“It’s very difficult for Republicans whose leader got 71 million votes, the most by any Republican standard-bearer ever, to simply just turn their backs on him,” Naftali said. “The issue is now not so much Trump as loyalty to Trumpism. And I think that’s why you see the contortions now. If you’re a Republican and you get this wrong, you’re going to be primaried out.”
There is a more immediate concern for the party, too. With Perdue and Loeffler facing elections whose outcomes are likely to determine control of the Senate, Republicans are reluctant to do anything to dampen the enthusiasm of their conservative base. Any hint that leaders were prodding Trump to exit the stage could provoke a Twitter rampage from the president that could turn his supporters against the party at a critical time.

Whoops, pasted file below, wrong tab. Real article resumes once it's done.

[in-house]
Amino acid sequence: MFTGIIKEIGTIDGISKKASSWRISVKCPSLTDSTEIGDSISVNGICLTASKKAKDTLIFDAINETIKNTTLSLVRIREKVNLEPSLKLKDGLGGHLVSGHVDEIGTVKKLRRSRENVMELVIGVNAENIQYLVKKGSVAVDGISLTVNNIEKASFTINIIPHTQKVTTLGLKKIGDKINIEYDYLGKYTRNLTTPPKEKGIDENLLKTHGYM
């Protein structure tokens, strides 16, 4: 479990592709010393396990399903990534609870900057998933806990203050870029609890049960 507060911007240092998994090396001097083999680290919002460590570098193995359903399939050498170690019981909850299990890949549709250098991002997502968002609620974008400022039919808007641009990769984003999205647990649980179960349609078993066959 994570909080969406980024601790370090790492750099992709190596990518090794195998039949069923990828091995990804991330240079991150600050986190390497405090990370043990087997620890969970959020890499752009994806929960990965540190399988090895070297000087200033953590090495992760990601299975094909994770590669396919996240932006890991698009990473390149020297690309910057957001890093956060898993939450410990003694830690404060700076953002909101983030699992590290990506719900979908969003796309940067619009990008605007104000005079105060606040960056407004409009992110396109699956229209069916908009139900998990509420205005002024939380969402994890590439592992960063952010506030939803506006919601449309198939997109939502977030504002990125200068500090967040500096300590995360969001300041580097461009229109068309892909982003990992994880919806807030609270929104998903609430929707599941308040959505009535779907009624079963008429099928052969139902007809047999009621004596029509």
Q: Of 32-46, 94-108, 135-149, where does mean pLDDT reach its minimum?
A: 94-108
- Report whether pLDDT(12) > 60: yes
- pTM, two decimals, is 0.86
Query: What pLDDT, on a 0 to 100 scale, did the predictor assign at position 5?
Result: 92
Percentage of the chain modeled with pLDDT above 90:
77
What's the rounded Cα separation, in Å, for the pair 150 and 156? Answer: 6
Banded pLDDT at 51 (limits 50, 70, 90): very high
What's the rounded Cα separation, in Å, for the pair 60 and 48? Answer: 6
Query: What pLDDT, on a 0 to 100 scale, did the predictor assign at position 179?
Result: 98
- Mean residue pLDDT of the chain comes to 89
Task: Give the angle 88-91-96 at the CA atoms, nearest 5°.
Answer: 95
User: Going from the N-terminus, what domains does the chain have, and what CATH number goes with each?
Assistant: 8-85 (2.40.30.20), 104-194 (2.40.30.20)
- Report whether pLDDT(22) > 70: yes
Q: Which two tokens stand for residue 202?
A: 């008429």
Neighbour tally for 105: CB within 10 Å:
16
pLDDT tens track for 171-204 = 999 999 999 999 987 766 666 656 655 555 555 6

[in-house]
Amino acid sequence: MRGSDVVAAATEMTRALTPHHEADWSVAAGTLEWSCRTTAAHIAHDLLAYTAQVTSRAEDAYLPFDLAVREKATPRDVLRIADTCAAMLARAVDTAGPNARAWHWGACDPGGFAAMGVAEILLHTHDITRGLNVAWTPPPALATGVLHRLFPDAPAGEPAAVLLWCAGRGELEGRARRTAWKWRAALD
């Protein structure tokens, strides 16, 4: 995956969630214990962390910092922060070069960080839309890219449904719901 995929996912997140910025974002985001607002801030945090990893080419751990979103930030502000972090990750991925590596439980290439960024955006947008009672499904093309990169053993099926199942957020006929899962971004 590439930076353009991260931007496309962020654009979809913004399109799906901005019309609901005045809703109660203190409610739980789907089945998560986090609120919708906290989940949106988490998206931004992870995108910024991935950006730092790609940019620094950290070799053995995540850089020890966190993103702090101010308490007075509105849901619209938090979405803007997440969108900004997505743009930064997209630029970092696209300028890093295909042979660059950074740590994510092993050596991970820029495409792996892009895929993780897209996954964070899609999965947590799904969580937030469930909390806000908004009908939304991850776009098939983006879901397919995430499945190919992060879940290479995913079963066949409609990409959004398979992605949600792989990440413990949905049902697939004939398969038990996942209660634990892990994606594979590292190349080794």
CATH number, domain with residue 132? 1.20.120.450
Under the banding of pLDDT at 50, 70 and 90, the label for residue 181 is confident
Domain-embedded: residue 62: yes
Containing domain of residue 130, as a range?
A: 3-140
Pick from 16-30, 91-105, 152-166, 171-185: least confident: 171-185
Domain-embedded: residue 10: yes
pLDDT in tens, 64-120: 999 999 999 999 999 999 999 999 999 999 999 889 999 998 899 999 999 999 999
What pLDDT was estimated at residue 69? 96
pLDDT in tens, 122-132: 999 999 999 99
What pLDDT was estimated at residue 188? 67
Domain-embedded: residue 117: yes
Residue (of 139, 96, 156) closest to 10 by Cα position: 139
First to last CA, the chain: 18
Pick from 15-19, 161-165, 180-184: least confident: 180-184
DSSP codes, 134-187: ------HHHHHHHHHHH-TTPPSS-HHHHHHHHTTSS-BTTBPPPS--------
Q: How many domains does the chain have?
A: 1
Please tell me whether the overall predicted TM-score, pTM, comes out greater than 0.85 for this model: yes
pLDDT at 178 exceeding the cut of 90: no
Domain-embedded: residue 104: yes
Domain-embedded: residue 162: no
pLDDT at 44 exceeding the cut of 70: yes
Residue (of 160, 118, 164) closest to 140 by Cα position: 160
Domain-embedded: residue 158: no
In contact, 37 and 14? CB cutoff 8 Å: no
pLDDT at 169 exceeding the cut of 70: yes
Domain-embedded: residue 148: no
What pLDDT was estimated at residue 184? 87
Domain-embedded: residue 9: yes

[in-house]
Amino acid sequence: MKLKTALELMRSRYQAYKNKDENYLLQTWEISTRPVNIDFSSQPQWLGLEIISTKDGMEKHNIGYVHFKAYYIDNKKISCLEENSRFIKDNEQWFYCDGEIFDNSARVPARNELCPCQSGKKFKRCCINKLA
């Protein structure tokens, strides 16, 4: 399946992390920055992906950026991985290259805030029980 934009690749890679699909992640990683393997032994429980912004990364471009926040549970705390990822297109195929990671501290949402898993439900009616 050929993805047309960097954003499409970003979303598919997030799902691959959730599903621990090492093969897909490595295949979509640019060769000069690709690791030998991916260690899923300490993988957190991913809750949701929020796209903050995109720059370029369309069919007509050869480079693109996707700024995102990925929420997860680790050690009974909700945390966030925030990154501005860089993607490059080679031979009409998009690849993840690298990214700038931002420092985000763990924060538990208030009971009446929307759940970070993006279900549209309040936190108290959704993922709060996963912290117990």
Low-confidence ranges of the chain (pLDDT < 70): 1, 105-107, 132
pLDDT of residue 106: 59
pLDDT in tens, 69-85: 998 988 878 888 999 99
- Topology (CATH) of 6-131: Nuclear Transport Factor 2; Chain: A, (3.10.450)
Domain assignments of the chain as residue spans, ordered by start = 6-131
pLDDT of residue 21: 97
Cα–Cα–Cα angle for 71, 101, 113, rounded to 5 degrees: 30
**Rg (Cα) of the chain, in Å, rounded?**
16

“The Republican Party hemorrhaged seats in 1974 after Watergate, after the near-impeachment of a Republican president,” Naftali said, while they appear on track to gain House seats this year after Democrats’ impeachment of Trump. “So what is the lesson for politicos? The lesson is not to run away from Trump.”
Still, some Republicans have argued in recent days that it is crucial for members of their party to push back in a measured way against the president’s unsubstantiated claims of widespread voter fraud.
On Monday, 31 former Republican members of Congress — many of them outspoken critics of the president — denounced Trump’s allegations in an open letter that called on him to accept the election results.
“We believe the statements by President Trump alleging fraud in the election are efforts to undermine the legitimacy of the election and are unacceptable,” wrote the group, led by former Rep. Tom Coleman of Missouri. “Every vote should be counted and the final outcome accepted by the participants because public confidence in the outcome of our elections is a bedrock of our democracy.”